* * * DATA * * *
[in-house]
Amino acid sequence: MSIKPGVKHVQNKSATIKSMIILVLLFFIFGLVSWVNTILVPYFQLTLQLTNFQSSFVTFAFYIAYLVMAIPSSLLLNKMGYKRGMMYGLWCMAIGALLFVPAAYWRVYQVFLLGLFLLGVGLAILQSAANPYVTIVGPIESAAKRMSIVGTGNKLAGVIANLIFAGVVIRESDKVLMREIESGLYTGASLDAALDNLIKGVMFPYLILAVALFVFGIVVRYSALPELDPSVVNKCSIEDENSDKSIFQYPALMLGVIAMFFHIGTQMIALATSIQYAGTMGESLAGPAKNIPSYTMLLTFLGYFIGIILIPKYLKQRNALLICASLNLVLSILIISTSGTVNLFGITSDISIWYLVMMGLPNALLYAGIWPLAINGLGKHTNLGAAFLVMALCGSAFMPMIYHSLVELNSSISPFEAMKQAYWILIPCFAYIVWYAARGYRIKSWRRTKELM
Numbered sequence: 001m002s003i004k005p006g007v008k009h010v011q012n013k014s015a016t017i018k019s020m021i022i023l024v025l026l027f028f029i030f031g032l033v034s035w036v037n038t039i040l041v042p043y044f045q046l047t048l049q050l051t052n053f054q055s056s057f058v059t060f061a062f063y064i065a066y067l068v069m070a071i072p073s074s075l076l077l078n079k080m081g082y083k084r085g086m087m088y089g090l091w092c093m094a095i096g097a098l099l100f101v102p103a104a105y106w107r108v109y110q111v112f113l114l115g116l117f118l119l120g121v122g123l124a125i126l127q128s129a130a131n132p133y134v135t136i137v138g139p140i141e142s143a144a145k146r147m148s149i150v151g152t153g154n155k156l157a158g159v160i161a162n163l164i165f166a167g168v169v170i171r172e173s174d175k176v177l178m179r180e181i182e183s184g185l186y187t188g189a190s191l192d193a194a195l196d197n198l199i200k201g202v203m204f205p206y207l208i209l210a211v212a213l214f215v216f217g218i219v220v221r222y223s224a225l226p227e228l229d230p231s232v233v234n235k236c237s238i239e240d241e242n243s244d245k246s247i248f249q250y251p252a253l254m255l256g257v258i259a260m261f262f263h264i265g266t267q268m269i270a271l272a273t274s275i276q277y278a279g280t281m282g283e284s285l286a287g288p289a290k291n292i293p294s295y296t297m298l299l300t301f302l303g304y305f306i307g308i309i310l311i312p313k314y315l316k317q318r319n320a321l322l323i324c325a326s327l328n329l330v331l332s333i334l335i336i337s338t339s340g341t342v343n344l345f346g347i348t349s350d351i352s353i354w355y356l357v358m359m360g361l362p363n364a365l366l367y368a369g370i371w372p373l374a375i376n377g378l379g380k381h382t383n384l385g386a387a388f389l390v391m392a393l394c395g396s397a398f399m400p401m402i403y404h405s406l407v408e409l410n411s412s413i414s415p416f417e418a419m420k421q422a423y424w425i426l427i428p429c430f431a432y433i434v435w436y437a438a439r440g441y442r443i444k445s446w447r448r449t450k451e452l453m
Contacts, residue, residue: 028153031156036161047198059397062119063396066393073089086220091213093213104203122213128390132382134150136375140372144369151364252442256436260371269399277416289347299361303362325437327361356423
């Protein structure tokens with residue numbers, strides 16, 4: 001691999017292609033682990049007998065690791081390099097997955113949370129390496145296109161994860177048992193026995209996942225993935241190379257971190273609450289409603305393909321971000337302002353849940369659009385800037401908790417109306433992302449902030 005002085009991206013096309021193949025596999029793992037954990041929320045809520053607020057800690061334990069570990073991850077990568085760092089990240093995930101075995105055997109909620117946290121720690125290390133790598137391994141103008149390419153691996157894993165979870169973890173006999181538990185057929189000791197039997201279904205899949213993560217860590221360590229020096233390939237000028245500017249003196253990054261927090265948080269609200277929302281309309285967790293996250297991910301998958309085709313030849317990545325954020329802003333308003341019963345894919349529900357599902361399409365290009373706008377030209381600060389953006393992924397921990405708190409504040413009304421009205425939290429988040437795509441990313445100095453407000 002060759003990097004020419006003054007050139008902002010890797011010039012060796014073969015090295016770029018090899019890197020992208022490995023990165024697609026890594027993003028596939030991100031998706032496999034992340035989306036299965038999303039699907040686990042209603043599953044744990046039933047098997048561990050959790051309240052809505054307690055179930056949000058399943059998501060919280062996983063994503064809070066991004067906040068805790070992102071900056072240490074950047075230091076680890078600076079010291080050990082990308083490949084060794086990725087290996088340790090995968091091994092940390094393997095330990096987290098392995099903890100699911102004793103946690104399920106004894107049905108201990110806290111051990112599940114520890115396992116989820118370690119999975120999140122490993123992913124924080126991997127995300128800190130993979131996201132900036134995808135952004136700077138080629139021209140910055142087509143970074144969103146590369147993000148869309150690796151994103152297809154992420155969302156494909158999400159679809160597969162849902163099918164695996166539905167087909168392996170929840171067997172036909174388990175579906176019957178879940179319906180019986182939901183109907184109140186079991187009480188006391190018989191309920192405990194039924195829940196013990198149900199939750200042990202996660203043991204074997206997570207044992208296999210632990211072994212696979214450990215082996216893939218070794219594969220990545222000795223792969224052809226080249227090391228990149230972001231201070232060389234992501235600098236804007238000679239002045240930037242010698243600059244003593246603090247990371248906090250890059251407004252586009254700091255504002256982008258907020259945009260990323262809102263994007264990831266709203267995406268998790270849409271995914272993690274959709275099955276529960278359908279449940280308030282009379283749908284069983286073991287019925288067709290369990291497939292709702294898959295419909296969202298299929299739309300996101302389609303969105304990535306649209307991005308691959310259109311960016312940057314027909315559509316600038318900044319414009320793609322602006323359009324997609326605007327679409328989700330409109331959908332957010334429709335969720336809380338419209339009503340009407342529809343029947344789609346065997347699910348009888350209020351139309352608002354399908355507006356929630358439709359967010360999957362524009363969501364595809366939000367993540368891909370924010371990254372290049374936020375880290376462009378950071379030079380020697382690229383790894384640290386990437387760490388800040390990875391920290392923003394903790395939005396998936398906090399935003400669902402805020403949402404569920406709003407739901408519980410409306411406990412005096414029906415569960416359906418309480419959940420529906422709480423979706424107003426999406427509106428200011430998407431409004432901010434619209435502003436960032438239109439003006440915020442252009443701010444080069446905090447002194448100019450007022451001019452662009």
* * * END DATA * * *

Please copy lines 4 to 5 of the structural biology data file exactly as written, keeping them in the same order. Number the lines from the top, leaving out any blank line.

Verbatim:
Contacts, residue, residue: 028153031156036161047198059397062119063396066393073089086220091213093213104203122213128390132382134150136375140372144369151364252442256436260371269399277416289347299361303362325437327361356423
């Protein structure tokens with residue numbers, strides 16, 4: 001691999017292609033682990049007998065690791081390099097997955113949370129390496145296109161994860177048992193026995209996942225993935241190379257971190273609450289409603305393909321971000337302002353849940369659009385800037401908790417109306433992302449902030 005002085009991206013096309021193949025596999029793992037954990041929320045809520053607020057800690061334990069570990073991850077990568085760092089990240093995930101075995105055997109909620117946290121720690125290390133790598137391994141103008149390419153691996157894993165979870169973890173006999181538990185057929189000791197039997201279904205899949213993560217860590221360590229020096233390939237000028245500017249003196253990054261927090265948080269609200277929302281309309285967790293996250297991910301998958309085709313030849317990545325954020329802003333308003341019963345894919349529900357599902361399409365290009373706008377030209381600060389953006393992924397921990405708190409504040413009304421009205425939290429988040437795509441990313445100095453407000 002060759003990097004020419006003054007050139008902002010890797011010039012060796014073969015090295016770029018090899019890197020992208022490995023990165024697609026890594027993003028596939030991100031998706032496999034992340035989306036299965038999303039699907040686990042209603043599953044744990046039933047098997048561990050959790051309240052809505054307690055179930056949000058399943059998501060919280062996983063994503064809070066991004067906040068805790070992102071900056072240490074950047075230091076680890078600076079010291080050990082990308083490949084060794086990725087290996088340790090995968091091994092940390094393997095330990096987290098392995099903890100699911102004793103946690104399920106004894107049905108201990110806290111051990112599940114520890115396992116989820118370690119999975120999140122490993123992913124924080126991997127995300128800190130993979131996201132900036134995808135952004136700077138080629139021209140910055142087509143970074144969103146590369147993000148869309150690796151994103152297809154992420155969302156494909158999400159679809160597969162849902163099918164695996166539905167087909168392996170929840171067997172036909174388990175579906176019957178879940179319906180019986182939901183109907184109140186079991187009480188006391190018989191309920192405990194039924195829940196013990198149900199939750200042990202996660203043991204074997206997570207044992208296999210632990211072994212696979214450990215082996216893939218070794219594969220990545222000795223792969224052809226080249227090391228990149230972001231201070232060389234992501235600098236804007238000679239002045240930037242010698243600059244003593246603090247990371248906090250890059251407004252586009254700091255504002256982008258907020259945009260990323262809102263994007264990831266709203267995406268998790270849409271995914272993690274959709275099955276529960278359908279449940280308030282009379283749908284069983286073991287019925288067709290369990291497939292709702294898959295419909296969202298299929299739309300996101302389609303969105304990535306649209307991005308691959310259109311960016312940057314027909315559509316600038318900044319414009320793609322602006323359009324997609326605007327679409328989700330409109331959908332957010334429709335969720336809380338419209339009503340009407342529809343029947344789609346065997347699910348009888350209020351139309352608002354399908355507006356929630358439709359967010360999957362524009363969501364595809366939000367993540368891909370924010371990254372290049374936020375880290376462009378950071379030079380020697382690229383790894384640290386990437387760490388800040390990875391920290392923003394903790395939005396998936398906090399935003400669902402805020403949402404569920406709003407739901408519980410409306411406990412005096414029906415569960416359906418309480419959940420529906422709480423979706424107003426999406427509106428200011430998407431409004432901010434619209435502003436960032438239109439003006440915020442252009443701010444080069446905090447002194448100019450007022451001019452662009």